Photo - Michael McCoy
The true snowdrop is a delicate pearly bell only suited to cool climates. Michael McCoy is a fan.
In the dead of winter, when autumn leaves are long gone and bud swell on the trees is still months away, snowdrops explode into optimistic, spring-anticipating growth. And despite the hostile weather, they do so with notable poise and eye-catching elegance.
We’re not talking here about the reliable old snowflake (Leucojum sp), with green-tipped white flowers of 50-60cm. As good a plant as the snowflake
is, it’s only a worthy old workhorse when placed beside the snowdrop, which hails from the genus Galanthus. Snowdrops produce only one flower
per stem, but their closed buds are like elongated pearls, hanging from super-fine pedicels (flower stems). When the sun emerges, the three large outer
petals (actually tepals) open out like propellers, looking as if they’re doing all they can to catch the rays. Most snowdrops are endearingly small,
reaching only 7-12cm in height.
The best-known snowdrop, Galanthus nivalis, carries the common misnomer ‘English snowdrop’ as it has naturalised in English woodlands, having
probably been introduced from Europe in the 16th century. It’s certainly made itself at home, carpeting many a wood with it’s sparkling
All galanthus like a cool to cold winter, and grow best in cool, moist soils with plenty of humus. They’re happy drying out a bit over summer,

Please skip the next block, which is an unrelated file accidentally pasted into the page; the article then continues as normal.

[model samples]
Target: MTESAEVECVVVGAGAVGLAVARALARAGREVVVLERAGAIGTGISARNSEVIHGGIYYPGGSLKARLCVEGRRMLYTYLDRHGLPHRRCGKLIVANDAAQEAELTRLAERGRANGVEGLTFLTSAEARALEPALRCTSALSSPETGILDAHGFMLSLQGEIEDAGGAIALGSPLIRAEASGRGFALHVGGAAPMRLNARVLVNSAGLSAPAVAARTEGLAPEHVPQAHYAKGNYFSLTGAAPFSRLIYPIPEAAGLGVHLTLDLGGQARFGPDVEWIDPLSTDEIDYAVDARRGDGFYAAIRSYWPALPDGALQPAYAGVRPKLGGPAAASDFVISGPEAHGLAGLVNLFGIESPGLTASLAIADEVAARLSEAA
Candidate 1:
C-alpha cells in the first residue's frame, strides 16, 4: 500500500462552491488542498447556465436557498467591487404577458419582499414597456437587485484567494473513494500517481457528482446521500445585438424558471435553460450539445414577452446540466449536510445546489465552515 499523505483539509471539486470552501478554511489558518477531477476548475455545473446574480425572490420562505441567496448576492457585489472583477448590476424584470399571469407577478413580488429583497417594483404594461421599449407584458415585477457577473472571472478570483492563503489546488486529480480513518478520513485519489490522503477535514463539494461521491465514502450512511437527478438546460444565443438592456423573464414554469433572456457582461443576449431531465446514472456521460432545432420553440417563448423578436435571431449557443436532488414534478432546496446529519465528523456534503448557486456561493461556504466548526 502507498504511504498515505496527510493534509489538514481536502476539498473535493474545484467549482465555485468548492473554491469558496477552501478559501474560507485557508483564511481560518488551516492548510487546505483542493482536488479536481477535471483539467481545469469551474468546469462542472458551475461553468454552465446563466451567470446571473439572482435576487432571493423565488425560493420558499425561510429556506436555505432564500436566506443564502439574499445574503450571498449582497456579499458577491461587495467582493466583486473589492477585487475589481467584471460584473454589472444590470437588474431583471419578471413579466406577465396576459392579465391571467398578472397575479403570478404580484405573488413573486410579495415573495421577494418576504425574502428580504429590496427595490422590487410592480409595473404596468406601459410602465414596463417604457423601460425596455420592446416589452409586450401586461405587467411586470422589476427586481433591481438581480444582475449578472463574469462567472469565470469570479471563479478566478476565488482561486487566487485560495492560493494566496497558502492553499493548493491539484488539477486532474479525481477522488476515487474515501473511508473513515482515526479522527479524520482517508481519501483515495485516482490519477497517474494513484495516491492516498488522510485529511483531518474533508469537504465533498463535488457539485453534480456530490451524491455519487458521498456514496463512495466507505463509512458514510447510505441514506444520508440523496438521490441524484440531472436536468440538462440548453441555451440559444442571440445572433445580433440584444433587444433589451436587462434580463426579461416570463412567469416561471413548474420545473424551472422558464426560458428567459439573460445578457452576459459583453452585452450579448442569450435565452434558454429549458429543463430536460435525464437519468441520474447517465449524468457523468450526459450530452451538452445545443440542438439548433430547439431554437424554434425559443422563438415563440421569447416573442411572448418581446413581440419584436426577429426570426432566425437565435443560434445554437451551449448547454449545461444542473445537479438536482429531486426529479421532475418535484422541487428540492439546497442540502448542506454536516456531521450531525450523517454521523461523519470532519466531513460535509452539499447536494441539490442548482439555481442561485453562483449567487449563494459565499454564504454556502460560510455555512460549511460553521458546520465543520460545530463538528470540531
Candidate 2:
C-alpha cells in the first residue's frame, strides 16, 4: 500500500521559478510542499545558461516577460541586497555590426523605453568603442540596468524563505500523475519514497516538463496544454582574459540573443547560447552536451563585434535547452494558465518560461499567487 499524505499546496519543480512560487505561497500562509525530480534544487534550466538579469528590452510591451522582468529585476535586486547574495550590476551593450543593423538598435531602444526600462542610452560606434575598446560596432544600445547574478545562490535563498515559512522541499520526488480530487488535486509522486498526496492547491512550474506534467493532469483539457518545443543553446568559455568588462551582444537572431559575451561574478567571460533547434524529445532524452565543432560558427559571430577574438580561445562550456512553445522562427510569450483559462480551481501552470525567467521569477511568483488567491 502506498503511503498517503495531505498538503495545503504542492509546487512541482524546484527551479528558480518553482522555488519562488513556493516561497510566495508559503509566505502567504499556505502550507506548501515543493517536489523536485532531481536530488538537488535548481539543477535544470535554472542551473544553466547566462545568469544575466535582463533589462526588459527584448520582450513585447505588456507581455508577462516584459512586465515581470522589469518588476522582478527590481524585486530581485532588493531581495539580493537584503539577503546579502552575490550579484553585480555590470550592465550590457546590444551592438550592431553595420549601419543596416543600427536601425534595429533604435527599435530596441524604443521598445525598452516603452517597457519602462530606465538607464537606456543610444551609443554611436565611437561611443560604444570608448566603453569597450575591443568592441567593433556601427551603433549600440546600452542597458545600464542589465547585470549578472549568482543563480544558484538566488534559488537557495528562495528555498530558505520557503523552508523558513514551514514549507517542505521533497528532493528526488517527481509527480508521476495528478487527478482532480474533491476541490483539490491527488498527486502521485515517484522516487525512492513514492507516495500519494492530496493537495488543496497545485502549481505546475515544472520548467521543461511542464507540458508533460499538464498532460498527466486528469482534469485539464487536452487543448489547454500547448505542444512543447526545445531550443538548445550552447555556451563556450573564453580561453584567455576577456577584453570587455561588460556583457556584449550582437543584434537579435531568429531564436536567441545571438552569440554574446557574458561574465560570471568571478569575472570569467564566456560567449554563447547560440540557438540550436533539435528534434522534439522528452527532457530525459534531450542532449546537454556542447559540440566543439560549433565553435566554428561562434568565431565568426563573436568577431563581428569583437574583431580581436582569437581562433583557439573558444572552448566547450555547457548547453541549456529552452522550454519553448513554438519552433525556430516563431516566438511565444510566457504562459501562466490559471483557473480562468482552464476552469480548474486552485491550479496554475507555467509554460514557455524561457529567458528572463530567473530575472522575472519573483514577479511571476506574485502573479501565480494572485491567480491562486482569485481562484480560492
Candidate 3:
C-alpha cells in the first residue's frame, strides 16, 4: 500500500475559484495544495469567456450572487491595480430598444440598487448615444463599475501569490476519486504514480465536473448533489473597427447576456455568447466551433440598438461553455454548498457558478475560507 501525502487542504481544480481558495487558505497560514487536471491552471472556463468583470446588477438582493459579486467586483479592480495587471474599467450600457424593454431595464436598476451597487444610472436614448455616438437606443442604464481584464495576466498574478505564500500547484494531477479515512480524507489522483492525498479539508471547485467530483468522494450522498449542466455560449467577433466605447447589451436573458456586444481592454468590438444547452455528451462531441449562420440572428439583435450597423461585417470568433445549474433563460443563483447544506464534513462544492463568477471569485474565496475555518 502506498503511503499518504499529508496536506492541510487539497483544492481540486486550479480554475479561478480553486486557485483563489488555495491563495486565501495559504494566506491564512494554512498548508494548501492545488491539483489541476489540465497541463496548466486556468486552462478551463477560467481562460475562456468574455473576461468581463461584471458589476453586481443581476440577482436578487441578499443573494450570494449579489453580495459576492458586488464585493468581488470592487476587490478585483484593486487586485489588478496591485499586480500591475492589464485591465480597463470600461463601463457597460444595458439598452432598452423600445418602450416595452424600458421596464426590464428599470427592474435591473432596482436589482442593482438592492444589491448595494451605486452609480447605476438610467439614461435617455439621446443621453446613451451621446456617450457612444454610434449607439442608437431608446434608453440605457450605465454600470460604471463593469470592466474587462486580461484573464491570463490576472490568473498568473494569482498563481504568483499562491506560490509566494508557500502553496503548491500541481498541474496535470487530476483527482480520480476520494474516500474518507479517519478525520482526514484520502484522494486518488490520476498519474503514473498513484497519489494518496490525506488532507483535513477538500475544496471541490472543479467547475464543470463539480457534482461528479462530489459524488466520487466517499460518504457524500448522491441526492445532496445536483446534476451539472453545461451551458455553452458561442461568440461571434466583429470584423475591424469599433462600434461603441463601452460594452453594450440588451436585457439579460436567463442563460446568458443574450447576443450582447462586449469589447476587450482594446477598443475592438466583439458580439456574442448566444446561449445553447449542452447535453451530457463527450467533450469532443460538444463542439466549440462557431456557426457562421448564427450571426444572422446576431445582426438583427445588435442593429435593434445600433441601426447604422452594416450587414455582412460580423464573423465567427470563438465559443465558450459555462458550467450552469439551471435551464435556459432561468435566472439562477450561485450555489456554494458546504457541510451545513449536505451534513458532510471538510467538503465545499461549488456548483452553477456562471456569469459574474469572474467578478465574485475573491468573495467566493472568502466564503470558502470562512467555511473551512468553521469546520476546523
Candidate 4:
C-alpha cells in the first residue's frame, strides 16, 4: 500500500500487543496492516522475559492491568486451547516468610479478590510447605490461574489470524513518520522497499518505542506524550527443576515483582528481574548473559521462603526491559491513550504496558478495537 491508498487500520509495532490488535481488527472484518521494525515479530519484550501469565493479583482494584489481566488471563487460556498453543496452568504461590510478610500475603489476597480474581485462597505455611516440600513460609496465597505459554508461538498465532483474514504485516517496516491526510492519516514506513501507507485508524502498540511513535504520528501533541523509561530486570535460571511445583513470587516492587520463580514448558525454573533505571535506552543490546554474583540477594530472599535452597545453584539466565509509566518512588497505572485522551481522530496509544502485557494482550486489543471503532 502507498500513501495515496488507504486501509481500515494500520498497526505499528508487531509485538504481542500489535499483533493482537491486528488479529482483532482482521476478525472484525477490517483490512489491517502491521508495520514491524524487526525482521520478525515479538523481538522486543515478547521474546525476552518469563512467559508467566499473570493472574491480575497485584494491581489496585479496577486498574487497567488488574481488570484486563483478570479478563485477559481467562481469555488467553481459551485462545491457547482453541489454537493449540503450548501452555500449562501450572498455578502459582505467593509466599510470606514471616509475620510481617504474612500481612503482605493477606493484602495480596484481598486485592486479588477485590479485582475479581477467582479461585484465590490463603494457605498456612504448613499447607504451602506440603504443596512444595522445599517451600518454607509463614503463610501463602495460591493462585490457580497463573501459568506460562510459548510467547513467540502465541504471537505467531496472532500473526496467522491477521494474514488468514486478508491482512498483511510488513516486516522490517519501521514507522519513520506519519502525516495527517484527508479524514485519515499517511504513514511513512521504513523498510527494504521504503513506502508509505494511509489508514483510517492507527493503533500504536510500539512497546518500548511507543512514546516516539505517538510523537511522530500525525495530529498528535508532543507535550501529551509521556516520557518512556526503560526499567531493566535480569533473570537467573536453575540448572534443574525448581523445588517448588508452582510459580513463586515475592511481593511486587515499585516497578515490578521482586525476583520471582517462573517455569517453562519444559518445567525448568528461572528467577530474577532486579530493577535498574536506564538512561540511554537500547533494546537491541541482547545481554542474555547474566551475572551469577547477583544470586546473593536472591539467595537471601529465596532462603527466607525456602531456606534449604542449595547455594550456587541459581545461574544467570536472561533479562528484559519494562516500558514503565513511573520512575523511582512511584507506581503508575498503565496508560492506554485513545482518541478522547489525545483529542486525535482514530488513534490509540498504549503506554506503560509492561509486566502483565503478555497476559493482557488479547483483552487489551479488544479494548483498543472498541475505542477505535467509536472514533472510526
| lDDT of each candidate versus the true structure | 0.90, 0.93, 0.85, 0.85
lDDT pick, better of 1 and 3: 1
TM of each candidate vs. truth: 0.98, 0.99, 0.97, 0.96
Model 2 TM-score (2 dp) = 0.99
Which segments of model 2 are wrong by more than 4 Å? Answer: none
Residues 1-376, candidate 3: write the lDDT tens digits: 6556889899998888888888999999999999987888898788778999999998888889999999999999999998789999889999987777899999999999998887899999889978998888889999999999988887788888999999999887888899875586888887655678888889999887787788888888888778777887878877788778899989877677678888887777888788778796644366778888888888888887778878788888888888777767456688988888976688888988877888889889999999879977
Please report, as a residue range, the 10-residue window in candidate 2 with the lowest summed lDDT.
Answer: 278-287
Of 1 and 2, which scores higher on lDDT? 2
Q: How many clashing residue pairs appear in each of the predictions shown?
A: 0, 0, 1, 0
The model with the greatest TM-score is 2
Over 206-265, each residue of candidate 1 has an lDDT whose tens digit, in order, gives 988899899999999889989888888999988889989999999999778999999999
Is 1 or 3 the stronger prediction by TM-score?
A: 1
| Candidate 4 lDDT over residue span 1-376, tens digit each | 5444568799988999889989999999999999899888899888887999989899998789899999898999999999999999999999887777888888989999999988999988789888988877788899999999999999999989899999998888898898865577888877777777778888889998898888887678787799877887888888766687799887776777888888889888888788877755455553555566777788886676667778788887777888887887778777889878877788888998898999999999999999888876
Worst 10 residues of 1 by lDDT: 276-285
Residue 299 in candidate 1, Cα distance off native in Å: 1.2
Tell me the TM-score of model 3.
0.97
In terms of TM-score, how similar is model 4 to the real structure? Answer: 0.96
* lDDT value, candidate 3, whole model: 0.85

but don’t ever want the summer bake loved by, say, the bearded iris. They’ll flower reliably in full sun in the coolest zones, but are equally happy
in moderate shade, and will even succeed on the shady side of the house.
With plenty of gardening zones to suit (Southern Highlands, much of Victoria, all of Tasmania), it’s surprising that galanthus are not more common
in Australian gardens. This has probably less to do with our gardening climate, than the fact that most of our common bulbs are transported when dry
over summer and early autumn. Snowdrops are severely set back by this regime, and need to be kept hydrated while out of the ground. Traditionally they’ve
been moved and replanted while still in leaf. This isn’t necessary; lifting and planting over summer is acceptable as long as bulbs are packed in moist
material, such as peat or sphagnum moss.
Where to buy
Large bulb suppliers occasionally list the ‘English snowdrop’. A more reliable source is a specialist rare bulb grower, such as Hill View Rare Plants in
Tasmania, 03 6224 0770.
Text: Michael McCoy